The AYCE includes one “chef’s special” per person. The menu lists twelve chef’s specials, each one seemingly a greater departure from tradition than the other. A picture of each special illustrates just how creative and colorful sushi can be when taken beyond traditional boundaries…far beyond in some cases..

Big Daddy, Another Specialty Roll

Okay, I’m not talking sushi with peanut butter or chocolate here, but when is the last time you had sushi with mango. Mango is the featured ingredient on Sushi & Sake’s “Mango Tango” maki roll. Nestled inside its rice bed is tempura battered shrimp, but atop the rice are strips of tangy mango sprinkled with Masago, the small eggs of a smelt-like fish. These eggs are a different, almost luminescent, shade of orange than is the mango.

The dressing accompanying the Mango Tango is a citrus and wasabi combination. A tangy sweetness is the prominent taste on this roll. It’s probably not one you would want to dip into your wasabi and soy sauce mix and maybe not even one you might order a second time, but it’s a very interesting piece of sushi.

Rainbow Roll

Another unique special from the chefs’ fertile minds is the Amigo roll, perhaps the sushi equivalent of a chile relleno. Get this–a New Mexico green chile (spelled “chili” on the menu) is actually stuffed with crab meat then nestled within sushi rice. No wasabi is necessary to spice this one up. It is served with a spicy dressing that seems to include both wasabi and chile.

On yet another maki roll chicken, not fish is featured–and it’s pretty darn good. So too is the “pizza roll” which is actually a California roll with salmon on top and which is baked in a small casserole dish. The “pizza sauce” seems to be a caramelized teriyaki sauce sprinkled with sesame seeds. Take it slow with this one because it comes straight out of the oven and can singe your tongue and the roof of your mouth.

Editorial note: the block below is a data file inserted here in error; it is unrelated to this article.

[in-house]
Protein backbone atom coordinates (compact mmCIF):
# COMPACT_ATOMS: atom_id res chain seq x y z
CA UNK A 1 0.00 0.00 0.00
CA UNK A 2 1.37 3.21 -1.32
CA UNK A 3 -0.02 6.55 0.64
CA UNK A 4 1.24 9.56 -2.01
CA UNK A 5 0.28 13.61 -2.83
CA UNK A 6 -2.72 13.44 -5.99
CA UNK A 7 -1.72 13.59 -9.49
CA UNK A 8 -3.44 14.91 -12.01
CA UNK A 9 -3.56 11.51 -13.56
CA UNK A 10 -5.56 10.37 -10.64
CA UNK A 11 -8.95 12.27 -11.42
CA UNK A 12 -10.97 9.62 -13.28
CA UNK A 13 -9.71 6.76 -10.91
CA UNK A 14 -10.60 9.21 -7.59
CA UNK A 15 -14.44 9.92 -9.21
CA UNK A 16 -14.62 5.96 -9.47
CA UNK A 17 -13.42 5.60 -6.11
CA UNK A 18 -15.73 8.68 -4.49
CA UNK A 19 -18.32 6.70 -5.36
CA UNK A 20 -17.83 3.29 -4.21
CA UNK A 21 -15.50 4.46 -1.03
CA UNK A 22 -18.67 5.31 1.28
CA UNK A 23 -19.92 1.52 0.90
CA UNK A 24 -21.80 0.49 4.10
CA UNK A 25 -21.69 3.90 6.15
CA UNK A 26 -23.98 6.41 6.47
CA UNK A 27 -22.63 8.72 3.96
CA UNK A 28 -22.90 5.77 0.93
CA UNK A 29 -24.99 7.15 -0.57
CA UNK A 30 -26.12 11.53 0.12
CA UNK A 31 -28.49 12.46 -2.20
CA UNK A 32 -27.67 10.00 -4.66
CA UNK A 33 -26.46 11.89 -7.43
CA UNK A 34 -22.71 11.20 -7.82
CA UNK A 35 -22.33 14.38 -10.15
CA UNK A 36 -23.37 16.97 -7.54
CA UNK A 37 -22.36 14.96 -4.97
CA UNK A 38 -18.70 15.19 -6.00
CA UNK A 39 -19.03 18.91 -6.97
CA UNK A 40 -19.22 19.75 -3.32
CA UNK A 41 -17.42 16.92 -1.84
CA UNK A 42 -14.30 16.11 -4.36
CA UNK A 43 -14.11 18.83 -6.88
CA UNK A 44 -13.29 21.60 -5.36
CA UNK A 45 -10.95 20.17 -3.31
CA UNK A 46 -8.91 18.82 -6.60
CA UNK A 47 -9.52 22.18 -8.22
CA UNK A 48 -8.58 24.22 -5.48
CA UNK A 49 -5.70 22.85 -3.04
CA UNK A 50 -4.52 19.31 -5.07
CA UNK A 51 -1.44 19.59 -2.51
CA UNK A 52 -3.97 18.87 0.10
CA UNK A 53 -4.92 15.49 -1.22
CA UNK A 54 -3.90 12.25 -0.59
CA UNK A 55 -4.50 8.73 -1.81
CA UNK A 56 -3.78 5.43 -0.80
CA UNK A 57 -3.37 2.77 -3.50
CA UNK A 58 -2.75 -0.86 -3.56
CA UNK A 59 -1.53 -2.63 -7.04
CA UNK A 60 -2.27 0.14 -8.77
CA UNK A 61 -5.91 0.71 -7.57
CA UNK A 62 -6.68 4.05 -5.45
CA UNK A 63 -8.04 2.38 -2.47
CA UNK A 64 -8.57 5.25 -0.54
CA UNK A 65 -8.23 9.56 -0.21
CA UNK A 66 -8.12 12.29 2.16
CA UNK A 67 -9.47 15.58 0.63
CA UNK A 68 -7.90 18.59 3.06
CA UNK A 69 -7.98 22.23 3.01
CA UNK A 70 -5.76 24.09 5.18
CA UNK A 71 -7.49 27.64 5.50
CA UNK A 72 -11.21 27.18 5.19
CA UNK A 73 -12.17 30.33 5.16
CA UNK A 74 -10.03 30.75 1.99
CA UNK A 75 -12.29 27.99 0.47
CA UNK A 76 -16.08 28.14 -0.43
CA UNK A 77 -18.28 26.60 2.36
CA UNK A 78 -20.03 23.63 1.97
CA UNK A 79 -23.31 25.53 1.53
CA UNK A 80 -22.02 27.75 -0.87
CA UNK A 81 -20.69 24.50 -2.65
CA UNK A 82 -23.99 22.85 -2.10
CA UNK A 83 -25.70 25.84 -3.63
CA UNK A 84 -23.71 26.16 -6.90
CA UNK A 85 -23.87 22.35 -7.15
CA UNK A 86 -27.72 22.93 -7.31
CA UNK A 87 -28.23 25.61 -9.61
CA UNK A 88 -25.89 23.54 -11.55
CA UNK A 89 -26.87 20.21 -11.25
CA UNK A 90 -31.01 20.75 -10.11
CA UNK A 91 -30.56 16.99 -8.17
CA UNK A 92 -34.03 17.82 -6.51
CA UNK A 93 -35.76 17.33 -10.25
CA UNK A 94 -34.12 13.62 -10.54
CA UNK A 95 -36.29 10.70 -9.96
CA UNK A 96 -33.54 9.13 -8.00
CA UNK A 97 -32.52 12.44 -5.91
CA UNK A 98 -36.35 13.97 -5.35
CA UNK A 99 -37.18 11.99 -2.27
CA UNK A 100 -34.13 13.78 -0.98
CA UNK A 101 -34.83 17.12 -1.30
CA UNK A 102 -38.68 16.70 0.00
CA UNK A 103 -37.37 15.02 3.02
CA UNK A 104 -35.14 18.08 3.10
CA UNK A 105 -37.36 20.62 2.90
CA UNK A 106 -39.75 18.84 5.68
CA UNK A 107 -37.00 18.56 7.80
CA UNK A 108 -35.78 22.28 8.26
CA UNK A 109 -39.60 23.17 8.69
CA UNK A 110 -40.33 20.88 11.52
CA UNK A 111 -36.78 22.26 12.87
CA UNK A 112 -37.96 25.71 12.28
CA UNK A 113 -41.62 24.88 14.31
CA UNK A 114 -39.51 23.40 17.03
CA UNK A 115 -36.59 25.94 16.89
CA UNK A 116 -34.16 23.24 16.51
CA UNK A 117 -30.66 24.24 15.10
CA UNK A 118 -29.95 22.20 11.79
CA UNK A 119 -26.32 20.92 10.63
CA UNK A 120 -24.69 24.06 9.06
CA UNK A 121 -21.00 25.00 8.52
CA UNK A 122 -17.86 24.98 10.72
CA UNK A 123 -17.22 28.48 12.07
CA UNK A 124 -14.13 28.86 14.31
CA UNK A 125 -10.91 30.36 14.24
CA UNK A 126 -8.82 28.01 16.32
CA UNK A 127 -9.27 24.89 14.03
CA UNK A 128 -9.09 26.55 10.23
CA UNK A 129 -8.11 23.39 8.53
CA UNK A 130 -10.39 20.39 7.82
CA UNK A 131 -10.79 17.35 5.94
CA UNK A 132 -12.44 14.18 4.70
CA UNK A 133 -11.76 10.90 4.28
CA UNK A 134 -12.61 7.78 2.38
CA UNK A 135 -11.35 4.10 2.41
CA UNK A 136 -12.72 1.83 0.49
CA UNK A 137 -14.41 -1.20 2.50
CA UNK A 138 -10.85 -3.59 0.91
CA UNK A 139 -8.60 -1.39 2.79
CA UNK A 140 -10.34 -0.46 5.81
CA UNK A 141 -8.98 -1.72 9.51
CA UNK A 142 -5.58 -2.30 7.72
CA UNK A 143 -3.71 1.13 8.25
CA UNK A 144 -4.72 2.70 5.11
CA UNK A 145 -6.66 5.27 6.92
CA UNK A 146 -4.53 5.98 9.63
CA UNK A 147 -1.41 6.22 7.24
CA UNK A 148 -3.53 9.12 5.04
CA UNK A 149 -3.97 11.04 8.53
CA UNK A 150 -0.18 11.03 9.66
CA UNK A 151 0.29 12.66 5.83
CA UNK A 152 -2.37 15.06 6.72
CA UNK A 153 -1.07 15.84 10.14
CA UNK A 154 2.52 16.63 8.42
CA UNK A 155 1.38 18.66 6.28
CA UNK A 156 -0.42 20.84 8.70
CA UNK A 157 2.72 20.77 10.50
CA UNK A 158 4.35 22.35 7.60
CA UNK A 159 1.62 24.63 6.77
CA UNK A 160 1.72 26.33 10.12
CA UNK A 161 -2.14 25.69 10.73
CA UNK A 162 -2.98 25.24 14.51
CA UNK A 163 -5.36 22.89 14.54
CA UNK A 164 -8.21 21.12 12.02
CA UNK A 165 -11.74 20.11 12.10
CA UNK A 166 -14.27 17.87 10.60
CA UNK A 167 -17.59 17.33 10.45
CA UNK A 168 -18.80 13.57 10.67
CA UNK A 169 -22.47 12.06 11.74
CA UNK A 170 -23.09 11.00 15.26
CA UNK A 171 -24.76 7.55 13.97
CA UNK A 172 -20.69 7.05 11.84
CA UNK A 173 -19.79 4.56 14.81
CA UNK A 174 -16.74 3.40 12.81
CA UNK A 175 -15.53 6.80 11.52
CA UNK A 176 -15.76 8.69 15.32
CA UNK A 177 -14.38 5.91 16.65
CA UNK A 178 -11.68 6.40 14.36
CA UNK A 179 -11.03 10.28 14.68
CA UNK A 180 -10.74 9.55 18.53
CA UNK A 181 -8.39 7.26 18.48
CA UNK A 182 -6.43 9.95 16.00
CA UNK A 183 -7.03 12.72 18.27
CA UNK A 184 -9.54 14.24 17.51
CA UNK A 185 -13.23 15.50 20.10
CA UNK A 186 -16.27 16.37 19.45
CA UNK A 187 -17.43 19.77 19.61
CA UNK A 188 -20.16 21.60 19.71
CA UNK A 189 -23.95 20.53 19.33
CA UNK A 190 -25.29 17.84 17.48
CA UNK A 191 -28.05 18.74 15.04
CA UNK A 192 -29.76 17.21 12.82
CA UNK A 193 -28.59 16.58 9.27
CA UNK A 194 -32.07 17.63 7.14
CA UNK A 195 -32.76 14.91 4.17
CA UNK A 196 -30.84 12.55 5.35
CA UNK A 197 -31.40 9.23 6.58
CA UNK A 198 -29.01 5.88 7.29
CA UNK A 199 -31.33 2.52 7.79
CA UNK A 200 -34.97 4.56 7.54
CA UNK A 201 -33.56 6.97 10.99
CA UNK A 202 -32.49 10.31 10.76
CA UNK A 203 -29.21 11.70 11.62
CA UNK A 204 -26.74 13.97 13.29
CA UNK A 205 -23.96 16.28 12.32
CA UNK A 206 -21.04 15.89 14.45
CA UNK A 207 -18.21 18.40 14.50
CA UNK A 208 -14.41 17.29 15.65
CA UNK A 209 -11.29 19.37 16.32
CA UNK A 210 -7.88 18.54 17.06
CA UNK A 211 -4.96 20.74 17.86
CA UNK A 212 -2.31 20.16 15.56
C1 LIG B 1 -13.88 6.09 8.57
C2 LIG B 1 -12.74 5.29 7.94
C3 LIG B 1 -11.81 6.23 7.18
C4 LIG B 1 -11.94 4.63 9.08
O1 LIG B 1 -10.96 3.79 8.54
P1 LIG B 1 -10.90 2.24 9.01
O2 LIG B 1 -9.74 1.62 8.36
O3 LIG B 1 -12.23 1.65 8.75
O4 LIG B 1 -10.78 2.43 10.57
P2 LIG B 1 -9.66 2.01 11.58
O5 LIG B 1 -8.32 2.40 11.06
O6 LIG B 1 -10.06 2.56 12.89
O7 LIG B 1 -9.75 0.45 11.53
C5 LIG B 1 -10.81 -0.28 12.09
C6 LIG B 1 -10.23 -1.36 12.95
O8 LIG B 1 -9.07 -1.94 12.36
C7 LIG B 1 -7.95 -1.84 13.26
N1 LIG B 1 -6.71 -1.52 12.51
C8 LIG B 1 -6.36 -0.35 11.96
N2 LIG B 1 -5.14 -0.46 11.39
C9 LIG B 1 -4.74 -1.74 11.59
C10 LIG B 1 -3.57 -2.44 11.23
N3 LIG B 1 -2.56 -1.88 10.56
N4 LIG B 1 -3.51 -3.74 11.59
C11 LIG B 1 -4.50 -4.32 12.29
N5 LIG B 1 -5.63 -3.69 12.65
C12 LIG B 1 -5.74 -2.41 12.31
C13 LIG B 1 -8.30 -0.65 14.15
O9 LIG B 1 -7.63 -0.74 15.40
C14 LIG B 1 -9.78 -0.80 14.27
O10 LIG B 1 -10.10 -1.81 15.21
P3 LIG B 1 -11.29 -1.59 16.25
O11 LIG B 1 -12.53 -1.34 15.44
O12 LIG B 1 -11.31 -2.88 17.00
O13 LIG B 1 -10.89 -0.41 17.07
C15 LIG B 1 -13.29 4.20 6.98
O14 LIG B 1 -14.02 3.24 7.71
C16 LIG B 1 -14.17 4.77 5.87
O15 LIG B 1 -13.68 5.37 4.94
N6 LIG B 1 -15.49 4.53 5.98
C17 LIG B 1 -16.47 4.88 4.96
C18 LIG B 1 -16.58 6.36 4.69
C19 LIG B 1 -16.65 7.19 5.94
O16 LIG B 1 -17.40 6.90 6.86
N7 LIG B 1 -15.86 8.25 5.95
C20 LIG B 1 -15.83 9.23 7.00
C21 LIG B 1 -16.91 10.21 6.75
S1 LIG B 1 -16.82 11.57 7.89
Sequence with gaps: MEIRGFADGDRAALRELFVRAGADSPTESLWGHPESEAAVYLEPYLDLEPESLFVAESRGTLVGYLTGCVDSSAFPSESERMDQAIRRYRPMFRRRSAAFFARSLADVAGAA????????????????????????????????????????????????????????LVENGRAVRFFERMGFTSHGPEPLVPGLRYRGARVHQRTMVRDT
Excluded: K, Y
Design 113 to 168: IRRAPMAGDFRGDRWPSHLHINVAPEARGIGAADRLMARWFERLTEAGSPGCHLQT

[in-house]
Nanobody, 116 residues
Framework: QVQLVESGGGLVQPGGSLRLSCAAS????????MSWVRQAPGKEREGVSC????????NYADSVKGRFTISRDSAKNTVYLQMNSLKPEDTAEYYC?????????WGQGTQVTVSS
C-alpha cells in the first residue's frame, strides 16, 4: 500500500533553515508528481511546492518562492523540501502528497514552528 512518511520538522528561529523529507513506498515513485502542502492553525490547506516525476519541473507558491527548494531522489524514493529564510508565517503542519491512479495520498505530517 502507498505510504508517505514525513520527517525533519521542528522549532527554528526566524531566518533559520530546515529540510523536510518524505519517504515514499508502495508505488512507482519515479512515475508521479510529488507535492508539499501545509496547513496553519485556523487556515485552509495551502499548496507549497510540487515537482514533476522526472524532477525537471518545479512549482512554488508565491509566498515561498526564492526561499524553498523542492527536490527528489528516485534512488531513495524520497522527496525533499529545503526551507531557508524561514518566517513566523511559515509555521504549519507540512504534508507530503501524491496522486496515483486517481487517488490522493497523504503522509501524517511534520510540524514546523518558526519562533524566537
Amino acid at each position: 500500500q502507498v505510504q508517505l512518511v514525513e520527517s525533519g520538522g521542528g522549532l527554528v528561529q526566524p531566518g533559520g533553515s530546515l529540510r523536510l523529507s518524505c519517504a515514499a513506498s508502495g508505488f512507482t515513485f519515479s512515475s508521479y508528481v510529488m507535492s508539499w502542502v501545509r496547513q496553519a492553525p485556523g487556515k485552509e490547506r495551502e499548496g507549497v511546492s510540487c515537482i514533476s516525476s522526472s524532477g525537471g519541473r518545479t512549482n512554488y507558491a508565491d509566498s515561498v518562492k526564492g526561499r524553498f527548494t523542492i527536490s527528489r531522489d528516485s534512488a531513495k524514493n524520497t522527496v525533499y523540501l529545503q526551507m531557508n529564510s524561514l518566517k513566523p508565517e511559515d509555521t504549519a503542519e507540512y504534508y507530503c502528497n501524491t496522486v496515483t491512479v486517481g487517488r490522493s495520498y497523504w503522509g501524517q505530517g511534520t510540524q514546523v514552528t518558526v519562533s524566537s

Crunchy Munchy Roll

The “Albuquerque special roll” looks more like a Vietnamese spring roll than it does a hand roll. It features crab, shrimp, avocado, cucumber and lettuce enveloped in egg roll wrapper.

Perhaps as if to ingratiate itself upon local diners, Sushi & Sake also serves a Green Chili Roll in which the flavor of roasted green chile is prominent despite the restaurant’s abhorrent spelling: “chili.” For some reason, the roasted green chile effect seems so much more pronounced on sushi than on most New Mexican food dishes.

Spicy Tuna Hand Roll and Four Pieces of Unagi

The two-page AYCE menu includes many of the standard sushi items you’ll find at almost every other sushi restaurant in town, but you’ll also find some uniquely prepared and distinctively non-traditional pieces of sushi. The traditionally schooled sushi chefs might not approve of some of them (and the sushi chef never would), but Albuquerque diners seem not to care. It is, after all, sushi and it’s all you can eat.

Sushi and Sake
5901 Wyoming, N.E.
Albuquerque, New Mexico
(505) 797-8000
Web Site | Facebook Page

LATEST VISIT: 22 February 2018
COST: $$ – $$$
BEST BET: Teriyaki Chicken Roll; Mexican Roll; Pizza Roll; Green Chile Roll

Sushi and Sake Menu, Reviews, Photos, Location and Info - Zomato

About Gil Garduno

Since 2008, the tagline on Gil’s Thrilling (And Filling) Blog has invited you to “Follow the Culinary Ruminations of New Mexico’s Sesquipedalian Sybarite.” To date, nearly 1 million visitors have trusted (or at least visited) my recommendations on nearly 1,100 restaurant reviews. Please take a few minutes to tell me what you think. Whether you agree or disagree with me, I'd love to hear about it.

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10 Comments on “Sushi and Sake – Albuquerque, New Mexico”

  1. Icky….That’s all I’ve got to say. The calamari was so rubbery, I couldn’t chew it. I’ve had lots of calamari, but this cut was sub par. It looked as though they had attempted to tenderize it by scoring it all over. The service was okay, but I really wasn’t impressed. My udon noodles were overcooked. The veggies were cooked just right…Food was a bit salty….

  2. Thank you, thank you, thank you for featuring my favorite sushi place! When my husband and I lived by UNM we went here twice a week for all-you-can-eat. I love this place! (And it’s so conveniently located next to Cold Stone for dessert…) Like Juniper Berri I highly recommend sitting at the bar. Absolutely the best sushi in ABQ, in my humble, land-locked opinion. 🙂

  3. Hi

    I was a Nob Hill sushi hoe (waitress) before going back to college a couple years ago.
    My first was Sushi and Sake, and they did not want to hire me but ran out of excuses.